"Activities performed either before or after the regular work shift, on or off the production line, are not preliminary or postliminary activities if they are integral and indispensable parts of the principal activities for which covered workers are employed and are not specifically excluded by statute. The 'integral and indispensable' standard, which is used to determine whether time outside the regular work day is compensable under the Fair Labor Standards Act (FLSA) and the Portal-to-Portal Act, requires that an activity be both necessary and essential to completeness or organically joined or linked to a principal activity of employment.51B C.J.S. Labor Relations § 1358 (2010) (footnotes omitted); see generally W.J. Dunn, Annotation, Portal-to-Portal Act, 21 A.L.R.2d 1327 (1952). "While in the main the factors which must be considered are well known, the difficulty as always comes when we undertake to apply them to a given state of facts, and because facts differ decided cases are not controlling and are helpful only as they point the way." Mitchell v. Greinetz, 235 F.2d 621, 623 (10th Cir. 1956).
"Any activity that is integral and indispensable to principal activity is itself a principal activity and thus compensable under the FLSA. Such activities are principal activities outside the exemption of the Portal-to-Portal Act and therefore are compensable. Thus, where activities of employees before and after working hours constitute an integral part of their principal duties, they are entitled to recover compensation therefor without meeting the requirements of the Portal-to-Portal Act that a special contract for compensation for these periods or a custom or practice of paying such compensation exists. Because it is difficult to fix a definite standard for determining what activities of an employee performed before and after his or her hours of work are an integral part of, and indispensable to, the employee's principal activities, each case must be decided on its peculiar facts."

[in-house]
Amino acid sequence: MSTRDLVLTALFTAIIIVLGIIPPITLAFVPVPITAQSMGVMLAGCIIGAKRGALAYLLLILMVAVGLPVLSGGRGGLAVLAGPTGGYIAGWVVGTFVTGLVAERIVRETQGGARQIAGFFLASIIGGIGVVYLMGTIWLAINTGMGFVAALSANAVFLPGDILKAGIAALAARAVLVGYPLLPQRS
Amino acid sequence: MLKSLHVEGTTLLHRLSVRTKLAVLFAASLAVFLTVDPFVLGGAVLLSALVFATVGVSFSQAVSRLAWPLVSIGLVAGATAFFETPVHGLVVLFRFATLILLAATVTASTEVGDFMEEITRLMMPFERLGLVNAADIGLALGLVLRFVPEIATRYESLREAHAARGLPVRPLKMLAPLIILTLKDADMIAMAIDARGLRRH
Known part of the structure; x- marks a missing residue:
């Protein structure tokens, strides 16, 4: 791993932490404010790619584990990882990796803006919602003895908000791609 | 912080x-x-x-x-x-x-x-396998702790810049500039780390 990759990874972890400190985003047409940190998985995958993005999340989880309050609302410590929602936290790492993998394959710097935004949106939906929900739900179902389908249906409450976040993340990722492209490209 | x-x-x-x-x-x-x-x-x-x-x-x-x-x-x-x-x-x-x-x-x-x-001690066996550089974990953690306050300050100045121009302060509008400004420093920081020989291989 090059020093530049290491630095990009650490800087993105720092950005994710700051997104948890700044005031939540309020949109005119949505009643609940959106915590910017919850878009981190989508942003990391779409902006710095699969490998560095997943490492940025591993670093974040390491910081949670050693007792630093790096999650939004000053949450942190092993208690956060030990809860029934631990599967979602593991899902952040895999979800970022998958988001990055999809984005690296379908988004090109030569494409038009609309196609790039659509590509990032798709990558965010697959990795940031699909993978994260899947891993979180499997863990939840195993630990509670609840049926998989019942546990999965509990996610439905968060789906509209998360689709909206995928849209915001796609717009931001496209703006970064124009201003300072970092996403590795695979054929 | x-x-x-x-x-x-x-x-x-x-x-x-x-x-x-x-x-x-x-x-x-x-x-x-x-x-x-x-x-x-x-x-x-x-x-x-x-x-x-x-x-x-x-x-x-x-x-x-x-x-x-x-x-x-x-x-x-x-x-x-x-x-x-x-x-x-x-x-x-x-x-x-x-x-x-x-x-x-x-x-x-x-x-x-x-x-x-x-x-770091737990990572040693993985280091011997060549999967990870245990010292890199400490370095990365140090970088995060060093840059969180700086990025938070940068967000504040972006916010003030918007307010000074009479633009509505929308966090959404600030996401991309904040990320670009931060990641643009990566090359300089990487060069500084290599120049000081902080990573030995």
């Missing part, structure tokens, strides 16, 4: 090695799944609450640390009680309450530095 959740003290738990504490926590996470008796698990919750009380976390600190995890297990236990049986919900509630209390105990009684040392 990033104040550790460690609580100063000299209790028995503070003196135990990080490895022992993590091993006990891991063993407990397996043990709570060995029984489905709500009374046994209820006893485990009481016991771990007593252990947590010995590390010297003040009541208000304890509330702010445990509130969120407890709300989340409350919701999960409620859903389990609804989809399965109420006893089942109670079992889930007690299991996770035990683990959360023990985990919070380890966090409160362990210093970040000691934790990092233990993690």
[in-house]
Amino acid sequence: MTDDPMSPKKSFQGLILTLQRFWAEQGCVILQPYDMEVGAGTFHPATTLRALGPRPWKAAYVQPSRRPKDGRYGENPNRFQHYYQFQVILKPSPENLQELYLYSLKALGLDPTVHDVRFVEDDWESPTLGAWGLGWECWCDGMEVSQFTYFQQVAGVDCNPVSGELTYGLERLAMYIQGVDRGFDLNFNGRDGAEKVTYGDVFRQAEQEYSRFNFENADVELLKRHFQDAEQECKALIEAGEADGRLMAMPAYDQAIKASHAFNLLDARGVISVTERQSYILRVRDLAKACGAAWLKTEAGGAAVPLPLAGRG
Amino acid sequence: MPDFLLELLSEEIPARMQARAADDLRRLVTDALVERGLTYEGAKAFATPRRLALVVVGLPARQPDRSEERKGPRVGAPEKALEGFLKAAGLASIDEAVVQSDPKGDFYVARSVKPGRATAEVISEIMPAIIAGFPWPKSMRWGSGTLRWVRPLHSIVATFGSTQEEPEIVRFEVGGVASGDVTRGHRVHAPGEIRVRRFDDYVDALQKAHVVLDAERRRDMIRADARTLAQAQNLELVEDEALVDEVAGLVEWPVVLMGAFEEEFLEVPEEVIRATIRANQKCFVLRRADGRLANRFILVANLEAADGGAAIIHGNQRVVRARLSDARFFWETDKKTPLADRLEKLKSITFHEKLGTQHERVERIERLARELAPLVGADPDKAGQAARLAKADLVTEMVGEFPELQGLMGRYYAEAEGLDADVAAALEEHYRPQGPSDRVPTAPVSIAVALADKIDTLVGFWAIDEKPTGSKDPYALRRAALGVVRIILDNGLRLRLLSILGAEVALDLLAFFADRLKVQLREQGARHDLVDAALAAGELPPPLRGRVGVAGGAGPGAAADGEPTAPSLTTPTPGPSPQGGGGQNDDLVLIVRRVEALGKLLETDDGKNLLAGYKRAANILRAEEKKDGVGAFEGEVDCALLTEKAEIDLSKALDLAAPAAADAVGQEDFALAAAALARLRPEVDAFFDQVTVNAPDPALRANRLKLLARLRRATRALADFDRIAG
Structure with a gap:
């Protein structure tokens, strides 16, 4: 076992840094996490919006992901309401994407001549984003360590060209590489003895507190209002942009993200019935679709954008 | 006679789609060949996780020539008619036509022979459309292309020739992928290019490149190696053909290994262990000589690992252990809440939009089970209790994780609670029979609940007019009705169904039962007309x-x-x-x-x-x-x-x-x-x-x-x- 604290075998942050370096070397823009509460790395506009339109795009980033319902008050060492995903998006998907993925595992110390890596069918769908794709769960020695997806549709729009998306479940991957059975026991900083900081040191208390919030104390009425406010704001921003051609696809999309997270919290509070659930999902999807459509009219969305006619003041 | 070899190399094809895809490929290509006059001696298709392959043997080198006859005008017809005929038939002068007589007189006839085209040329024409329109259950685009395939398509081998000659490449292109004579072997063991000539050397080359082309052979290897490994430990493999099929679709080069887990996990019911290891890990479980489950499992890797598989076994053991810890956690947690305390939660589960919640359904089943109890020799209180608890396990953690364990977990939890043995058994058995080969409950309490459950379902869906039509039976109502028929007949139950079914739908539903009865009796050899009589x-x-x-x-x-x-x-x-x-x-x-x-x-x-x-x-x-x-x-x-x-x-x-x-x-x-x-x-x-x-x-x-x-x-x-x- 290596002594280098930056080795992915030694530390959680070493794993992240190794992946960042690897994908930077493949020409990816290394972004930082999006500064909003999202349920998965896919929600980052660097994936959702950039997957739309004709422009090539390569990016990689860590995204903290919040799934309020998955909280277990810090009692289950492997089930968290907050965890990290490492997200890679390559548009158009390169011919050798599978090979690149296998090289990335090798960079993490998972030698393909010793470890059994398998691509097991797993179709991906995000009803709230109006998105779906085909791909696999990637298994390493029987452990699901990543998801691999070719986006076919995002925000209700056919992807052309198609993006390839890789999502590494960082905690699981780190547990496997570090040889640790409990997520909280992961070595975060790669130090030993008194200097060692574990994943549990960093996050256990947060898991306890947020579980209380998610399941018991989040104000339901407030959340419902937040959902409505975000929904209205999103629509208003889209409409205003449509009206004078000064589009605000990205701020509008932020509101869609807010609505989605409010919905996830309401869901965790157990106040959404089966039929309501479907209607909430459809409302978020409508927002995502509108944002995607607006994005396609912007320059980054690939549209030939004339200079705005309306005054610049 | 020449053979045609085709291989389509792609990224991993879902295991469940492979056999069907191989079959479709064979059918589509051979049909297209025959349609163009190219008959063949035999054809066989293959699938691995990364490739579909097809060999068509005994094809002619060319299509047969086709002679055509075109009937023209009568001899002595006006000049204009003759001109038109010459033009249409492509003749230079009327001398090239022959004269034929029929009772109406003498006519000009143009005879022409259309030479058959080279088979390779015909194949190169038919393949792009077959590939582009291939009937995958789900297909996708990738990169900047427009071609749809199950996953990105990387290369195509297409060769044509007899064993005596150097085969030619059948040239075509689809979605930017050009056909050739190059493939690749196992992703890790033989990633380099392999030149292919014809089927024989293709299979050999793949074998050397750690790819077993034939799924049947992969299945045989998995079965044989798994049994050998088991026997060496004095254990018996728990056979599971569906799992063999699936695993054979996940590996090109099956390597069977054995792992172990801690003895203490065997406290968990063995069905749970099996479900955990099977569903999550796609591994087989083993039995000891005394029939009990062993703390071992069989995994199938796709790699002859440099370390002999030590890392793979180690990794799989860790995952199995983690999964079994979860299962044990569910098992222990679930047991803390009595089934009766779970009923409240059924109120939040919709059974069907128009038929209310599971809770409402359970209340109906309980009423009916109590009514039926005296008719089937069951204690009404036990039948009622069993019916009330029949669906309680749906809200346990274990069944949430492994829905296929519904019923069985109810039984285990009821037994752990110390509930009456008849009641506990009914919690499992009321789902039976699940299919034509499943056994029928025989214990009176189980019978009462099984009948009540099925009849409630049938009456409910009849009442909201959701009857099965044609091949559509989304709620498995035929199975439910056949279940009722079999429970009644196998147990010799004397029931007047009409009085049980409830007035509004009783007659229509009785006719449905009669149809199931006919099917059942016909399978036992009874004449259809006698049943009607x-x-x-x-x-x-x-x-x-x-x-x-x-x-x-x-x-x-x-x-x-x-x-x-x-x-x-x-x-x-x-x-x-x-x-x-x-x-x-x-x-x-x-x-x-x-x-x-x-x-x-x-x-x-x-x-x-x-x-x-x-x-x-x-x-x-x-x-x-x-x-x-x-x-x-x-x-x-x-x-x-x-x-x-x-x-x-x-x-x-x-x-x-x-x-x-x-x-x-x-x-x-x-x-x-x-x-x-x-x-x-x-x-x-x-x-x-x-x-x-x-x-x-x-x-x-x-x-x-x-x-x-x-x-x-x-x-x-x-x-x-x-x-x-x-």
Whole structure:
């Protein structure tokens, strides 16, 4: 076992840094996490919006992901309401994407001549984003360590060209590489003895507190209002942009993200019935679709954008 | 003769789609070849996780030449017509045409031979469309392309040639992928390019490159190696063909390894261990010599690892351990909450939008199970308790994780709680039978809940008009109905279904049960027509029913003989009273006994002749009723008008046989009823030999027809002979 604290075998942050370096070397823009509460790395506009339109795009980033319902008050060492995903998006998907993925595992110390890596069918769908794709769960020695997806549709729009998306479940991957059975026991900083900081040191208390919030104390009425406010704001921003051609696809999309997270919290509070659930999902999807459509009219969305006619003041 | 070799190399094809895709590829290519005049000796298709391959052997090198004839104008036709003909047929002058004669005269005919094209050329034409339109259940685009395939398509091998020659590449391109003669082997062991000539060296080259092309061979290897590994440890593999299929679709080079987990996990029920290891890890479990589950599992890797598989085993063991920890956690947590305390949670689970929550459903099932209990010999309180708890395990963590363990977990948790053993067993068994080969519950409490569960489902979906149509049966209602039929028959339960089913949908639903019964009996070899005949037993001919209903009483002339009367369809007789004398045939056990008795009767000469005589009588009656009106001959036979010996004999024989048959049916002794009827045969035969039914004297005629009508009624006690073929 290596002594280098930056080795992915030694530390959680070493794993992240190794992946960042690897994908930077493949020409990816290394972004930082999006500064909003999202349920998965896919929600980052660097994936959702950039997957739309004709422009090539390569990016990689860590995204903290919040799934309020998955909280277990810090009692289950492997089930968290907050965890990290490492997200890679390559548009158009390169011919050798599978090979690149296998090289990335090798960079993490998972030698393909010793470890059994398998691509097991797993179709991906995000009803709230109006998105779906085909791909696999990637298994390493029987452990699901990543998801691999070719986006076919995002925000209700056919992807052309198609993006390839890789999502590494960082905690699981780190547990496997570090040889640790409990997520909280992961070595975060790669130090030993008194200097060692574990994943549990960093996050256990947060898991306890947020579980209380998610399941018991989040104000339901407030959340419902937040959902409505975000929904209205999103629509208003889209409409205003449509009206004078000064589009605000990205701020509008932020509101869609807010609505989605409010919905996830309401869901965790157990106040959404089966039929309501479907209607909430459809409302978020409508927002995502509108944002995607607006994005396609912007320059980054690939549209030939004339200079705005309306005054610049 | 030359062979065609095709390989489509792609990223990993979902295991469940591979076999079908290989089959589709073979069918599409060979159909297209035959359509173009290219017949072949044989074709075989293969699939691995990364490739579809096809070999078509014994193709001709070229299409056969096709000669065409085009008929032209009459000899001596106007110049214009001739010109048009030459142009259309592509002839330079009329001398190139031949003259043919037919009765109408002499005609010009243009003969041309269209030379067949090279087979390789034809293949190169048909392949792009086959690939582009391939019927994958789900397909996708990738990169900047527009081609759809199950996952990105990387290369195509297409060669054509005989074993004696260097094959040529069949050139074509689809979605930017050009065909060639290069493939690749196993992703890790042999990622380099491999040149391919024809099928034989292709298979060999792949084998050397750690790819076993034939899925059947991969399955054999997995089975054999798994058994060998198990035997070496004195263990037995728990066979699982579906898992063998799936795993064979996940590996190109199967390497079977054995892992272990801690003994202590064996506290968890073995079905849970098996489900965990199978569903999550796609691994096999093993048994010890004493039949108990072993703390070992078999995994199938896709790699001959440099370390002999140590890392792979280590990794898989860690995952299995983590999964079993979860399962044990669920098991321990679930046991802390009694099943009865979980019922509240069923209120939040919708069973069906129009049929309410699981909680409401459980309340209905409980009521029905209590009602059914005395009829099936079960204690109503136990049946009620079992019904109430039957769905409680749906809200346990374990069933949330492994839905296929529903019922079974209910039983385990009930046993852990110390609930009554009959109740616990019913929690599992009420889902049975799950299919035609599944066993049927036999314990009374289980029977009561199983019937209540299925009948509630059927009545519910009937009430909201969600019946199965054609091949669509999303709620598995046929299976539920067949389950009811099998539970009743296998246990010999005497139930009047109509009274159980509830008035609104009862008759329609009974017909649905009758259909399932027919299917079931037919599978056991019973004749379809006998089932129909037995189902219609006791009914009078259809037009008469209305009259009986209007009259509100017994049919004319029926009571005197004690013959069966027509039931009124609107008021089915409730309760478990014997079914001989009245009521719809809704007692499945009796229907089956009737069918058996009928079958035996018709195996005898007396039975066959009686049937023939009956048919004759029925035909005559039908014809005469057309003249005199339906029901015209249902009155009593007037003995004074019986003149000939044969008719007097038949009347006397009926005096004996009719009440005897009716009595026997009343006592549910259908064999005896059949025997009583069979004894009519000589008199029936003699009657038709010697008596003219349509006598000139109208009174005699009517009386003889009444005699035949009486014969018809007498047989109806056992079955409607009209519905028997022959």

[¶17] "Courts have held that travel may be considered an indispensable activity of employment if the employees are required to transport equipment that is essential to the performance of the job." Bernal, 730 F. Supp. 2d at 746. Federal "Department of Labor regulations indicate that requiring employees to carry equipment that is significantly heavier than that which an ordinary commuter carries transforms commuting time into compensable work." Clarke v. City of New York, No. 06 Cir. 11397 (GEL), 2008 WL 3398474, at *5 (S.D.N.Y. June 16, 2008) (footnote omitted); see also 29 C.F.R. § 790.7(d); Crenshaw v. Quarles Drilling Corp., 798 F.2d 1345, 1350 (10th Cir. 1986), disapproved on other grounds by McLaughlin v. Richland Shoe Co., 486 U.S. 128 (1988); Secretary of Labor v. E.R. Field, Inc., 495 F.2d 749, 751 (1st Cir. 1974); D A & S Oil Well Servicing, Inc. v. Mitchell, 262 F.2d 552, 555 (10th Cir. 1958); Wirtz v. Gilbert, 267 F. Supp. 69, 72 (D. R.I. 1967).